[2 days left] What’s wrong with your cloud strategy? Learn why multicloud solutions matter with Nimble Storage.Register Now

x
?
Solved

setvect and getvect

Posted on 2003-12-05
6
Medium Priority
?
786 Views
Last Modified: 2012-08-14
I'm supposed to write my own functions of setvect and getvect with same parameters used in turbo c's setvect and getvect. I guess i should multiply intNo by 4 and pass it to a far pointer. How can i move an integer value to a far pointer? Should i write assembly code for this? Can anyone help pls.
0
Comment
Question by:mehmet_341
[X]
Welcome to Experts Exchange

Add your voice to the tech community where 5M+ people just like you are talking about what matters.

  • Help others & share knowledge
  • Earn cash & points
  • Learn & ask questions
  • 2
6 Comments
 
LVL 46

Accepted Solution

by:
Kent Olsen earned 500 total points
ID: 9882701

For this application, I doubt that you really want to convert an int value to a pointer.  However, it's really easy to do by simply recasting.

int  IValue;
char *CPtr;

  CPtr = (char *) IValue*4;


What you probably want to do is index the pointer.

*(Cptr + IValue*4);
CPtr[IValue*4];


What, specifically, do you need to do?
Kent
0
 
LVL 22

Expert Comment

by:grg99
ID: 9884026
Another and easier way is to just make an array of far pointers, based at 0000:0000

typedef  void far * TheInts[100];

typedef    TheInts far*  IntBase;


IntBase   IntTab;


void setvect( int Index, void far * Ptr )
{
   IntTab = NULL; /* same as 0000:0000   */

   IntTab[ Index ] = Ptr;
}

   
0
 
LVL 16

Expert Comment

by:PaulCaswell
ID: 9895235
mehmet,

grg is right but there are a couple of caveats in his code.

1) IntTab = NULL; /* same as 0000:0000   */
May not work with your compiler. Or at least, may not be '0000:0000'. Get an asm listing and check what the compiler generates.

2) And more crucially, you must disable interrupts while your change is being made. I realise this is a rare bug but it's exactly the kind that will bite you a few hours before ship time. Remember, a far address is usually 24 bits wide residing in 32 bits which will require at least 2, if not 4 memory accesses. What will happen if the interrupt you are replacing gets called WHILE YOU ARE CHANGING IT!!!?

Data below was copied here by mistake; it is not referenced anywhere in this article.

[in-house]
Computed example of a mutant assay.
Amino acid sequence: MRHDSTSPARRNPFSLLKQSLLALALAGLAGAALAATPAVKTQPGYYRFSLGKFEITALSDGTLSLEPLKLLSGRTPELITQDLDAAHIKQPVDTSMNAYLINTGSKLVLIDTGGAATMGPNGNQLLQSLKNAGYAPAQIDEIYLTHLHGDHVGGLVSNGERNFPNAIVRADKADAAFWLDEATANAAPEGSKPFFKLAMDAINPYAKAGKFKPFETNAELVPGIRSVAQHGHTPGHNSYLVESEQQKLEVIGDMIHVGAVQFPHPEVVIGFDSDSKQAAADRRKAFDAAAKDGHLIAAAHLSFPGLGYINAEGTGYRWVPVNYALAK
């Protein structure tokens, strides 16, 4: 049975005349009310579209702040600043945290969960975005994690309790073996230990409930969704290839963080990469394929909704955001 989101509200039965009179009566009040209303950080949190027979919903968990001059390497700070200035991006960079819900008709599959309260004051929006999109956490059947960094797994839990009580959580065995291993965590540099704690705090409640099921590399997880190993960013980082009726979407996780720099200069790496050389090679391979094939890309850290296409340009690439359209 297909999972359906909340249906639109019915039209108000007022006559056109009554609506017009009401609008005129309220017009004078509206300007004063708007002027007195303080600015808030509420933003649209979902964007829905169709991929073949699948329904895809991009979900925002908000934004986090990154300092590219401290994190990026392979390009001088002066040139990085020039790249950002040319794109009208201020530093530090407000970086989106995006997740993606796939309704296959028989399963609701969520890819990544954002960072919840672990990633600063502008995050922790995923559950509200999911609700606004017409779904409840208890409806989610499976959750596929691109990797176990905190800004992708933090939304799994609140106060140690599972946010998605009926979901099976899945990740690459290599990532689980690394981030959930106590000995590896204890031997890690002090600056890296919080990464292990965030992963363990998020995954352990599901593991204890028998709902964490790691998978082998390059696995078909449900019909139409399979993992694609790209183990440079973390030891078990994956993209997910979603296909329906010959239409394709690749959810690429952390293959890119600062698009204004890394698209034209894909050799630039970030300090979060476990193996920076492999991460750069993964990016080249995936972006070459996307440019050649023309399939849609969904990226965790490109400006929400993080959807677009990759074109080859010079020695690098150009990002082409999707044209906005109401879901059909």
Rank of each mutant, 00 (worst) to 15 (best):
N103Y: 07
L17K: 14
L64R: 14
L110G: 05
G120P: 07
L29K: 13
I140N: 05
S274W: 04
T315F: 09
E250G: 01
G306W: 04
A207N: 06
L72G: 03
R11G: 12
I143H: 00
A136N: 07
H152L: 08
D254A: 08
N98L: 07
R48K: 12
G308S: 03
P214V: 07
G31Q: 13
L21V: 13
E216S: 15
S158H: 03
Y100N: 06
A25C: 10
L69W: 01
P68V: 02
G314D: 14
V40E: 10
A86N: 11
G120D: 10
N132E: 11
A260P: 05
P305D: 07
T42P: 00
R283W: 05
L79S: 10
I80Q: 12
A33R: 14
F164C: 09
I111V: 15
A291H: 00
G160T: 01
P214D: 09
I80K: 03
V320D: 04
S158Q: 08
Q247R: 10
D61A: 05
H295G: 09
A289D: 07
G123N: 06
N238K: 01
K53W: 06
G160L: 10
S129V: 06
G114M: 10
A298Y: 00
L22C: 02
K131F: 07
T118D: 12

So you need at least:

asm { cli };
IntTab[Index] = Ptr;
asm { sti };

Paul

0
 
LVL 22

Expert Comment

by:grg99
ID: 9896070
Good points, Paul!

Although I don't personally know of any C compiler that uses anything other than 0000:0000 for NULL, it's theoretically possible.  

   Also some compilers might check for a NULL pointer access in debug mode and flag that as a bad error.

I hadnt thought of the half-changed problem-- it's rather unlikely but is going to eventually happen and cause major bombo.

0

Featured Post

Concerto Cloud for Software Providers & ISVs

Can Concerto Cloud Services help you focus on evolving your application offerings, while delivering the best cloud experience to your customers? From DevOps to revenue models and customer support, the answer is yes!

Learn how Concerto can help you.

Question has a verified solution.

If you are experiencing a similar issue, please ask a related question

Summary: This tutorial covers some basics of pointer, pointer arithmetic and function pointer. What is a pointer: A pointer is a variable which holds an address. This address might be address of another variable/address of devices/address of fu…
Examines three attack vectors, specifically, the different types of malware used in malicious attacks, web application attacks, and finally, network based attacks.  Concludes by examining the means of securing and protecting critical systems and inf…
The goal of this video is to provide viewers with basic examples to understand and use structures in the C programming language.
Video by: Grant
The goal of this video is to provide viewers with basic examples to understand and use while-loops in the C programming language.
Suggested Courses

656 members asked questions and received personalized solutions in the past 7 days.

Join the community of 500,000 technology professionals and ask your questions.

Join & Ask a Question